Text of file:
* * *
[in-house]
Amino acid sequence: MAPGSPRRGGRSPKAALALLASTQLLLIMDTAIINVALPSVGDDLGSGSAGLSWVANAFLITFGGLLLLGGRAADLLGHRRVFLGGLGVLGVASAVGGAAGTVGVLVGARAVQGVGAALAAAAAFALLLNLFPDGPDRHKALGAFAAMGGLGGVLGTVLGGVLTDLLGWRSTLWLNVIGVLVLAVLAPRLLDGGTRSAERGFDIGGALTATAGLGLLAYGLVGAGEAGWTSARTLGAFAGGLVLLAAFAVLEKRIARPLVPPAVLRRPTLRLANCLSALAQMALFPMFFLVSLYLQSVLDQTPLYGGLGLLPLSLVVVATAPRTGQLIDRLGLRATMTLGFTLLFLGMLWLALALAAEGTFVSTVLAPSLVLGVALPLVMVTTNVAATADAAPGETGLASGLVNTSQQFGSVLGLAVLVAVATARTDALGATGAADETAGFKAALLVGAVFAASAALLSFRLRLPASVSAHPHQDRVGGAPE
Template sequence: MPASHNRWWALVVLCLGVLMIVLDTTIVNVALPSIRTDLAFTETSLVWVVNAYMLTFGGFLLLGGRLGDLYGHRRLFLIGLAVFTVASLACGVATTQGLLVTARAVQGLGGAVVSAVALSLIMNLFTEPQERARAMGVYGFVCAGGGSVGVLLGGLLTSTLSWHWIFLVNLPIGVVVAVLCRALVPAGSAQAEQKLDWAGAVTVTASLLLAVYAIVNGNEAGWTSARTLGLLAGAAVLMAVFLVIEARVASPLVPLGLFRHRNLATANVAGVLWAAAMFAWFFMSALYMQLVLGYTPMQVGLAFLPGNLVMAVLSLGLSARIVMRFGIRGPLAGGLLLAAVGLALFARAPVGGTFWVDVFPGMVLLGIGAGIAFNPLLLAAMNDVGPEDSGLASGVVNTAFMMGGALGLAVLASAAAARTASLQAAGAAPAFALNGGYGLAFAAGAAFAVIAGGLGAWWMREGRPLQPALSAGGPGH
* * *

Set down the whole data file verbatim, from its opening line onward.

[in-house]
Amino acid sequence: MAPGSPRRGGRSPKAALALLASTQLLLIMDTAIINVALPSVGDDLGSGSAGLSWVANAFLITFGGLLLLGGRAADLLGHRRVFLGGLGVLGVASAVGGAAGTVGVLVGARAVQGVGAALAAAAAFALLLNLFPDGPDRHKALGAFAAMGGLGGVLGTVLGGVLTDLLGWRSTLWLNVIGVLVLAVLAPRLLDGGTRSAERGFDIGGALTATAGLGLLAYGLVGAGEAGWTSARTLGAFAGGLVLLAAFAVLEKRIARPLVPPAVLRRPTLRLANCLSALAQMALFPMFFLVSLYLQSVLDQTPLYGGLGLLPLSLVVVATAPRTGQLIDRLGLRATMTLGFTLLFLGMLWLALALAAEGTFVSTVLAPSLVLGVALPLVMVTTNVAATADAAPGETGLASGLVNTSQQFGSVLGLAVLVAVATARTDALGATGAADETAGFKAALLVGAVFAASAALLSFRLRLPASVSAHPHQDRVGGAPE
Template sequence: MPASHNRWWALVVLCLGVLMIVLDTTIVNVALPSIRTDLAFTETSLVWVVNAYMLTFGGFLLLGGRLGDLYGHRRLFLIGLAVFTVASLACGVATTQGLLVTARAVQGLGGAVVSAVALSLIMNLFTEPQERARAMGVYGFVCAGGGSVGVLLGGLLTSTLSWHWIFLVNLPIGVVVAVLCRALVPAGSAQAEQKLDWAGAVTVTASLLLAVYAIVNGNEAGWTSARTLGLLAGAAVLMAVFLVIEARVASPLVPLGLFRHRNLATANVAGVLWAAAMFAWFFMSALYMQLVLGYTPMQVGLAFLPGNLVMAVLSLGLSARIVMRFGIRGPLAGGLLLAAVGLALFARAPVGGTFWVDVFPGMVLLGIGAGIAFNPLLLAAMNDVGPEDSGLASGVVNTAFMMGGALGLAVLASAAAARTASLQAAGAAPAFALNGGYGLAFAAGAAFAVIAGGLGAWWMREGRPLQPALSAGGPGH